US 4631137 A
Bentonites can be extended for use in drilling muds by addition of a novel polymer blend comprising a low molecular weight water soluble non-ionic or anionic polymer and a high molecular weight anionic polymer.
1. A composition comprising a blend of (a) a low molecular weight, water soluble non-ionic or anionic polymer having a molecular weight of about 1,000 to about 20,000 and formed from 0 to 100% acrylamide and 100 to 0% anionic monomer selected from the group consisting of acrylic acid, methacrylic acid, maleic acid, allyl sulfonate and 2-acrylamido-2-methyl propane sulphonic acid and (b) a high molecular weight, water soluble, polymer having molecular weight of at least about 1 million and formed from polymerisable monomers of which 0 to 70% by weight are acrylamide and 30 to 100% by weight are selected from acrylic acid, allyl sulphonate and 2-acrylamido-2-methyl propane sulphonic acid, said blend being substantially free of polymer of molecular weight 50,000 to 500,000, and wherein the weight ratio of low molecular weight polymer:high molecular weight polymer is about 10:1 to 1:5.
2. A composition according to claim 1 in which the high molecular weight polymer and the low molecular weight polymers are both polyacrylic acid.
3. A composition according to claim 1 in which the molecular weight of the high molecular weight polymer is about 1,000,000 to 15,000,000.
4. A composition according to claim 1 in which the weight ratio low molecular weight polymer:high molecular weight polymer is from about 5:1 to 1:1.
5. A composition according to claim 1 in which said anionic monomer is acrylic acid and in which said high molecular weight polymer is formed from polymerisable monomers of which 0 to 70% by weight are acrylamide and 30 to 100% by weight are acrylic acid.
6. A composition according to claim 1 containing bentonite and an effective extending amount of the blend.
7. An extended bentonite suitable for use in drilling muds and containing a bentonite that does not comply with API Specification 13A and an effective extending amount of a composition according to claim 1.
8. A composition according to claim 7 that complies with API Specification 13A.
9. A composition according to claim 1 in the form of an aqueous drilling mud containing the polymer blend and bentonite-type clay.
10. An aqueous drilling mud containing a bentonite that does not comply with API Specification 13A and an effective extending amount of a composition according to claim 1.
11. An aqueous drilling mud according to claim 10 in which the low and high molecular weight polymers are each polymers formed of 70 to 100% acrylic acid and 0 to 30% acrylamide.
12. A composition comprising a blend of low molecular weight, water soluble polymer formed of 70-100% acrylic acid and 0-30% acrylamide having a molecular weight about 1,000 to about 20,000 and a high molecular weight, water soluble, polymer formed of 70-100% acrylic acid and 0-30% acrylamide having a molecular weight of at least about 1 million, wherein the weight ratio low molecular weight polymer:high molecular weight polymer is about 10:1 to 1:5.
Bentonites are widely used in drilling muds to increase viscosity, improve cuttings carrying properties, reduce filtrate loss to the formation and impart other desirable characteristics to drilling muds.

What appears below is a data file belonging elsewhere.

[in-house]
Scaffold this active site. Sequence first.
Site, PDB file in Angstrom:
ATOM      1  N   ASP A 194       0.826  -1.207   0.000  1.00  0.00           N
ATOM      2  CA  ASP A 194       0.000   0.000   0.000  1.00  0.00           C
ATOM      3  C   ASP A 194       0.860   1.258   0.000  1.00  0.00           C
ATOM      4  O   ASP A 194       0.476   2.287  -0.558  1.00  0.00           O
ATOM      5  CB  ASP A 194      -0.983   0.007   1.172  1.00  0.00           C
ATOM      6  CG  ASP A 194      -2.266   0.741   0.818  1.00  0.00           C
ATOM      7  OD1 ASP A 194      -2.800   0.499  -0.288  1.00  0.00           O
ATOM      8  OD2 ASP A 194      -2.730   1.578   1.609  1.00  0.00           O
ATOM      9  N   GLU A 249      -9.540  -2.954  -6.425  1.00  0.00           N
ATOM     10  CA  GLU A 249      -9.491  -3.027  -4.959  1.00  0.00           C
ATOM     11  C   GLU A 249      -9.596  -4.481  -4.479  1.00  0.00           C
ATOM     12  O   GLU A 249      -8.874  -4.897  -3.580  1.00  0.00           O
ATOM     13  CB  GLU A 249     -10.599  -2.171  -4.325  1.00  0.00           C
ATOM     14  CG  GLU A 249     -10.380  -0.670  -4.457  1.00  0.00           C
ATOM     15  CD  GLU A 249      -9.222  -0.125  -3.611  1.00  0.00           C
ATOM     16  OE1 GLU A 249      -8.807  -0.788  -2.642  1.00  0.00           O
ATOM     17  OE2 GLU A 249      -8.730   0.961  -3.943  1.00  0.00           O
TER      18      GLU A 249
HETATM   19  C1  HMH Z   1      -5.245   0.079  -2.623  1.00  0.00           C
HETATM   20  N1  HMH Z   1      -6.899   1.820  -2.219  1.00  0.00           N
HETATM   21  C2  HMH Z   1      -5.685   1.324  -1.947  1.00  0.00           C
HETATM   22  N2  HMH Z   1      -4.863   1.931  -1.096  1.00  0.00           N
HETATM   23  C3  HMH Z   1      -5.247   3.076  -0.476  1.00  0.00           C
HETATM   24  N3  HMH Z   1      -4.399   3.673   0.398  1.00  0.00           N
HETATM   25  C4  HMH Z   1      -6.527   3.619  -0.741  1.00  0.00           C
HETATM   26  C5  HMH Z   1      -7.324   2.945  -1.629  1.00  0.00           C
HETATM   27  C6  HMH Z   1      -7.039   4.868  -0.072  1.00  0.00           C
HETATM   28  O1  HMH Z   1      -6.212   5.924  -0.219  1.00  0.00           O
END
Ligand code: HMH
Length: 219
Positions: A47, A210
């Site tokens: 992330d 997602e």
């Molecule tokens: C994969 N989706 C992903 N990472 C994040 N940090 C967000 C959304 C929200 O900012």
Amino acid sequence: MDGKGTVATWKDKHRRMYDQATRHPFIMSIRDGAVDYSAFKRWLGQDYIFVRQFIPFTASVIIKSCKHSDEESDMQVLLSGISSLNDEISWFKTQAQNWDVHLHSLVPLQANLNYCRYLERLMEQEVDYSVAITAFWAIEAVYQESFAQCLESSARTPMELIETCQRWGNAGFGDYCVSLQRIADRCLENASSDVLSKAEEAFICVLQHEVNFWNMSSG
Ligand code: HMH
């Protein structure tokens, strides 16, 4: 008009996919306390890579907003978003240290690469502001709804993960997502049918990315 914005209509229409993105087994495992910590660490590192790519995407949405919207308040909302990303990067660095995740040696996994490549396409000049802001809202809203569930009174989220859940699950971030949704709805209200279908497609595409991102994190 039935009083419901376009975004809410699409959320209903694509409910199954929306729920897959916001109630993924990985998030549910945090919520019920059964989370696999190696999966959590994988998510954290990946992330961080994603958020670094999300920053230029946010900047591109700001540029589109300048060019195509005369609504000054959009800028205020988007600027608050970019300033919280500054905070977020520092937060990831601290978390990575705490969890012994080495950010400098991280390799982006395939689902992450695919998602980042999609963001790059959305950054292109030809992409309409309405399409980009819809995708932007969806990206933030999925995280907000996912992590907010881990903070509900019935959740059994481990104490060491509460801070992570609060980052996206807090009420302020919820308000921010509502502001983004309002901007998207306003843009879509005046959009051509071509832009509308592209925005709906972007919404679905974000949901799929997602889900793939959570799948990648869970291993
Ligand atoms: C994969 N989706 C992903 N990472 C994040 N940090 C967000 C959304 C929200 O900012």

In A.P.I. Spec.13A, the American Petroleum Institute (A.P.I.) has defined the preferred performance properties of bentonites in drilling muds. The A.P.I. specification states that for a 22.5 pound per barrel (p.p.b.) suspension of bentonite in water, the following criteria should be satisified:
1. The suspension should have an apparent viscosity (A.V.) greater than 15 cps.
2. The yield point (Y.P.) expressed in lbs per 100 ft2 should not exceed three times the plastic viscosity (PV) expressed in cps.
3. The low pressure A.P.I. 30 minute fluid loss should not exceed 15 cm3.
Wyoming bentonite is the optimum bentonite for use in drilling muds and generally meets this specification but as the deposits of the high grade Wyoming bentonite become depleted, lower grade bentonites are being used increasingly for drilling mud applications. Unfortunately, some lower grade bentonites do not always swell sufficiently on hydration and so not all the requirements of the A.P.I. specification above are met.
It is known to include additives in drilling muds to improve their properties. For instance in U.S. Pat. No. 3,764,530, thermal degradation is reduced by incorporating a very low molecular weight polyacrylate. In particular it is known to include certain materials in drilling muds containing low grade bentonites with the intention that the muds meet all the criteria of, or come much closer to, the A.P.I. specification. This is known in the art as extending the bentonite. Addition of the extenders generally increases the A.V. and the YP:PV ratio and the low pressure fluid loss generally increases.
The most common extenders used in the industry are carboxymethyl cellulose, high molecular weight polyacrylamide and various copolymers of acrylamide and acrylic acid, often with sodium carbonate.
The use of sodium polyacrylate with molecular weight 25,000 to 150,000 for extension of sodium bentonite clays is described in U.S. Pat. No. 3,220,946. Addition of sodium polyacrylate to drilling mud clays is described in U.S. Pat. No. 2,702,788. A combination of very high molecular weight polyacrylate and acrylate-acrylamide copolymers is used to extend bentonite in U.S. Pat. No. 3,558,545.
It is not uncommon for some lower grade bentonites, even after extension with conventional extenders, to fail to meet the requirements of the A.P.I. specification. More specifically, the required dose of conventional extender necessary to increase the A.V. above the minimum requirement of 15 cps can result in a YP:PV ratio greater than 3, and this is undesirable in drilling muds.